Harker staff and students receive COVID-19 vaccinations, more scheduled this month


Provided by Sachi Bajaj

Senior Sachi Bajaj received her vaccine today. She and her family qualified to receive the vaccine as caregivers for her grandparents, who are at high risk of contracting the coronavirus.

by Lucy Ge, Winged Post News Editor

With upper school faculty and students beginning to receive their COVID-19 vaccines, more Harker staff are set to be vaccinated in Phase 1B of California’s vaccination plan

All education workers, including Harker teachers, administrators, kitchen staff and custodial staff, became eligible to receive vaccinations yesterday under Phase 1B. As of today, 18.9% of Santa Clara County residents ages 16 and older have received at least one COVID-19 vaccine dose. California’s expansion of vaccinations comes amid the state surpassing 50,000 COVID deaths last week and over 3.4 million cases in California today.

“I was thrilled that teachers were finally included in the groups that can be immunized,” Harker Director of Health Services Debra Nott said. “This is going to be so important for making teachers feel comfortable coming back on campus into the classroom.”

Harker Director of Health Services Debra Nott takes a selfie at the Santa Clara County Fairgrounds during her appointment for her second COVID-19 vaccine dose in February.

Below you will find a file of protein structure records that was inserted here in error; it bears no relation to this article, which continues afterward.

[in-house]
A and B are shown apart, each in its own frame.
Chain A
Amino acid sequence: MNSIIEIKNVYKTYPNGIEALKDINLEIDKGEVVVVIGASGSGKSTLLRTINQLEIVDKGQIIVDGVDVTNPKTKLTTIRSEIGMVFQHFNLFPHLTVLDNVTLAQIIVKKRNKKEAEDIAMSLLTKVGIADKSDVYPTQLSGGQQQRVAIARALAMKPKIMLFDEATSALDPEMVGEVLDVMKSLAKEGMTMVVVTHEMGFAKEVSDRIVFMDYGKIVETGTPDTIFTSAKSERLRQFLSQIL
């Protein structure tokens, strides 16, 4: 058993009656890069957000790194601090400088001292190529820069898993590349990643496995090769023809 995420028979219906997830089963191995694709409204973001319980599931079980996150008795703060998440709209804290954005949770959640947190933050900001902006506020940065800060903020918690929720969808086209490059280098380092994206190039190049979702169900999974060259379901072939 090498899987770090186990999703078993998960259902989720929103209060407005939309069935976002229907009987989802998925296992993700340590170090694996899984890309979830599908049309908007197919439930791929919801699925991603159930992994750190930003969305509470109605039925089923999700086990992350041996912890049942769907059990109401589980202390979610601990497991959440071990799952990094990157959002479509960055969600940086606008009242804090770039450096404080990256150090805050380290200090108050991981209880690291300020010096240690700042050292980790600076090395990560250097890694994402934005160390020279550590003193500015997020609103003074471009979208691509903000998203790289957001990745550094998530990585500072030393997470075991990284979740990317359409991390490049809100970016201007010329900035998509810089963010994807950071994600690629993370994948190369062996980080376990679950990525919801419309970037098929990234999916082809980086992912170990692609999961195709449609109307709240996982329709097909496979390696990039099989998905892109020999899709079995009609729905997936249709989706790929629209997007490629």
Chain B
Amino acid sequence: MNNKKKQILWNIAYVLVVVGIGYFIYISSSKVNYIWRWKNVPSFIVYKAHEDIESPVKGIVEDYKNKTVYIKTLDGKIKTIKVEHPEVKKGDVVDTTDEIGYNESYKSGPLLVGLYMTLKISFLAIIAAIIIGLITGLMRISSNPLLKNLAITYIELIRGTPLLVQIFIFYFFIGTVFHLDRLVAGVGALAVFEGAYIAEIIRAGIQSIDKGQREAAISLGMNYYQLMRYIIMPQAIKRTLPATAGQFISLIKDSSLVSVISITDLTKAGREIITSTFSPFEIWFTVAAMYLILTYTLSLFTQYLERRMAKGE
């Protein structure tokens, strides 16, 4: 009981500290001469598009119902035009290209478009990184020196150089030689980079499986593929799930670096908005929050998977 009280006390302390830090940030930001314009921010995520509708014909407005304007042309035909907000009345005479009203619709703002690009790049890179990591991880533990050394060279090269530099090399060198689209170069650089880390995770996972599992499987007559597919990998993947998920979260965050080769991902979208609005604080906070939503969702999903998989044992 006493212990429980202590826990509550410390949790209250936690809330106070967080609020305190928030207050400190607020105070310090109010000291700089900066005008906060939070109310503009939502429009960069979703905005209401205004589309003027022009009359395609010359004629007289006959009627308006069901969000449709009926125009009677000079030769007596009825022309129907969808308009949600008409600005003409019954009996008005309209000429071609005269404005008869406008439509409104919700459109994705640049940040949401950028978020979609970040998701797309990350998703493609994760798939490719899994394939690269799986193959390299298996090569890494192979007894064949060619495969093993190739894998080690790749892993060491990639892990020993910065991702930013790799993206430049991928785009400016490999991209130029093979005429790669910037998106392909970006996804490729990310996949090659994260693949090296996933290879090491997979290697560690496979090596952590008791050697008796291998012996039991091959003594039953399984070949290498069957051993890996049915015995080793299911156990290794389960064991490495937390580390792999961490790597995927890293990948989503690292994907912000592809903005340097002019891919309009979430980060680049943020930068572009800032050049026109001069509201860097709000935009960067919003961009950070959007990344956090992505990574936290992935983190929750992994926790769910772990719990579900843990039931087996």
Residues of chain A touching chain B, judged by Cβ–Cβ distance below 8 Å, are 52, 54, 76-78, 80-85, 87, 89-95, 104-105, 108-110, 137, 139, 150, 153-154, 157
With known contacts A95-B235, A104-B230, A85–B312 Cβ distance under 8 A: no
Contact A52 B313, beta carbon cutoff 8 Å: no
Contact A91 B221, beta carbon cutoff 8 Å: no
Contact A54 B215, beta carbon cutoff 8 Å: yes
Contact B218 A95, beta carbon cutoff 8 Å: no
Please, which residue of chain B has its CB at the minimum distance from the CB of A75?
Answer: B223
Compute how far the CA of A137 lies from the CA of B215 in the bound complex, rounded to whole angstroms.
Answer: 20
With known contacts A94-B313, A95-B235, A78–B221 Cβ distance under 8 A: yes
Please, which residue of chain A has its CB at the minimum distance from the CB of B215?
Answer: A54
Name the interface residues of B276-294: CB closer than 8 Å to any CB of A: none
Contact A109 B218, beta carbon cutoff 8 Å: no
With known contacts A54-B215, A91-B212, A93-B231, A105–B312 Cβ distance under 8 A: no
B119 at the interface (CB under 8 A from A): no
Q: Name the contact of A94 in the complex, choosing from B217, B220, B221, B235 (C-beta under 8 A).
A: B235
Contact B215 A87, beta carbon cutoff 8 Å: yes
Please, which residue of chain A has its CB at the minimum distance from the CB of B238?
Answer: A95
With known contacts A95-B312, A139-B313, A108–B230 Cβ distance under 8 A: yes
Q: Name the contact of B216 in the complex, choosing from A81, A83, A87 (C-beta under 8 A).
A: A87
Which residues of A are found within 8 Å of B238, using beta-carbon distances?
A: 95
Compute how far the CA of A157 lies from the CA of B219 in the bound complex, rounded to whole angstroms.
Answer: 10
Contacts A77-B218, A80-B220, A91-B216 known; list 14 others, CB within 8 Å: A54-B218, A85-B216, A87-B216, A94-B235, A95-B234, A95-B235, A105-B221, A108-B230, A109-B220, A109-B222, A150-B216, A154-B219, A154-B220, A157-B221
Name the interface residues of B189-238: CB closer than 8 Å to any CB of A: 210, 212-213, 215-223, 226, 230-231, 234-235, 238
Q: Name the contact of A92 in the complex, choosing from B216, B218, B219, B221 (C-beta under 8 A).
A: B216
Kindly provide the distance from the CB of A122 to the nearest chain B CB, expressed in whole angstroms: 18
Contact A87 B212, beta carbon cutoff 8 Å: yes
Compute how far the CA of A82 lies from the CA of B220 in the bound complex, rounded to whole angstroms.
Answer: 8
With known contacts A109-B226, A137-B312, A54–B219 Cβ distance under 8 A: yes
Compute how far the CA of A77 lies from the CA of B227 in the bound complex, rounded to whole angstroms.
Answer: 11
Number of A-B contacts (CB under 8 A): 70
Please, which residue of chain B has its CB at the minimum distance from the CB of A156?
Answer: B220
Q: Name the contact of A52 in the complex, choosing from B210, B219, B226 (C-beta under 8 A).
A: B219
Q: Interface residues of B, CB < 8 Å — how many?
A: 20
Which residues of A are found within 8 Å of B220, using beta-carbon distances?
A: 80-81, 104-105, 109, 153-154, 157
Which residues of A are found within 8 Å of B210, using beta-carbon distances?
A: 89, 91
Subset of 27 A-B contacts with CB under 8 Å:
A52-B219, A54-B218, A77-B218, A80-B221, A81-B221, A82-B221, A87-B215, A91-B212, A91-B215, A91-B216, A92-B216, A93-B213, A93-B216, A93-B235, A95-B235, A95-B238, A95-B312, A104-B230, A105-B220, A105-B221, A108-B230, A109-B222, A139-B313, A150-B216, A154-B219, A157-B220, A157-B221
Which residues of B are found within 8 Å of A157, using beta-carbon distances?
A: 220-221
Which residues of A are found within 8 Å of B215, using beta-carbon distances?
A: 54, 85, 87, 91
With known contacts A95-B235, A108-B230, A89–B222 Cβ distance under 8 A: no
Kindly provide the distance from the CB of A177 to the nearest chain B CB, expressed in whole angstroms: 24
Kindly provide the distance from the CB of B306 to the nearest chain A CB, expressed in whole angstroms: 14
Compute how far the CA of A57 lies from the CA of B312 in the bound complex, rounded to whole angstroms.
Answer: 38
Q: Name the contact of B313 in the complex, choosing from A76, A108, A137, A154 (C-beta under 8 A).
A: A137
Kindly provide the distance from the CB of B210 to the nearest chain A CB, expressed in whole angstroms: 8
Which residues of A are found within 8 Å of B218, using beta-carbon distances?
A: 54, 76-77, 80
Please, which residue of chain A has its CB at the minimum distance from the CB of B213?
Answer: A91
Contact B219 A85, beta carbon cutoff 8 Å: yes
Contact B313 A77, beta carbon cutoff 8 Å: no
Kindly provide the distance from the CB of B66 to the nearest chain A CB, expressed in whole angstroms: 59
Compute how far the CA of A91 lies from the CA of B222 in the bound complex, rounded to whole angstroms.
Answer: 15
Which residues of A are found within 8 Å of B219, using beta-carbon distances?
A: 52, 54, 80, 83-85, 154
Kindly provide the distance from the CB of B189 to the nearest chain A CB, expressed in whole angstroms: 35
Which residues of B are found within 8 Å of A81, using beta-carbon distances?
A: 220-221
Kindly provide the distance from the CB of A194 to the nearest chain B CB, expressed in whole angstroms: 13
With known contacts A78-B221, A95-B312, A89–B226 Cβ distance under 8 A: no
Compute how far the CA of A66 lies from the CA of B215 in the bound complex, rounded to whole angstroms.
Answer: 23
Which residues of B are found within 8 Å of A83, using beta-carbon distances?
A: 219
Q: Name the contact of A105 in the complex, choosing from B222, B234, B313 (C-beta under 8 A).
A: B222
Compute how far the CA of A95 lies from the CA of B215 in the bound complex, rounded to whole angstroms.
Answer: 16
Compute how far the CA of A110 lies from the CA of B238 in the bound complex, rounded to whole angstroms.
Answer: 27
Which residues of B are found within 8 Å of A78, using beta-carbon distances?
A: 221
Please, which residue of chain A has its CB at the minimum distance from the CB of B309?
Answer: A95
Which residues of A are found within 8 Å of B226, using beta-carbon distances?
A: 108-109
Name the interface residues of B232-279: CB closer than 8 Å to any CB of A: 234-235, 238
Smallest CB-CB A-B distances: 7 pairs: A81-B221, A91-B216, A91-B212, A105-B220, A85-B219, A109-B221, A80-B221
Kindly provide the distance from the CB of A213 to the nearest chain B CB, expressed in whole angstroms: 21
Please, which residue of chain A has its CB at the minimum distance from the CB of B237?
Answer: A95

(Provided by Debra Nott)

Although some students have received COVID-19 vaccinations, the majority of Harker students are not yet eligible under Phase 1B. Additionally, vaccinations have only been authorized for individuals ages 16 and older: the Pfizer vaccine is authorized for ages 16 and older, while the Moderna vaccine and the newly authorized one-shot Johnson & Johnson vaccine are both for ages 18 and older. 

Phase 1B also includes workers in food and agriculture, emergency services and childcare. Phase 1A of California’s vaccination plan includes healthcare workers and long term care residents, with Santa Clara County expanding vaccination to individuals age 65 and above in late January.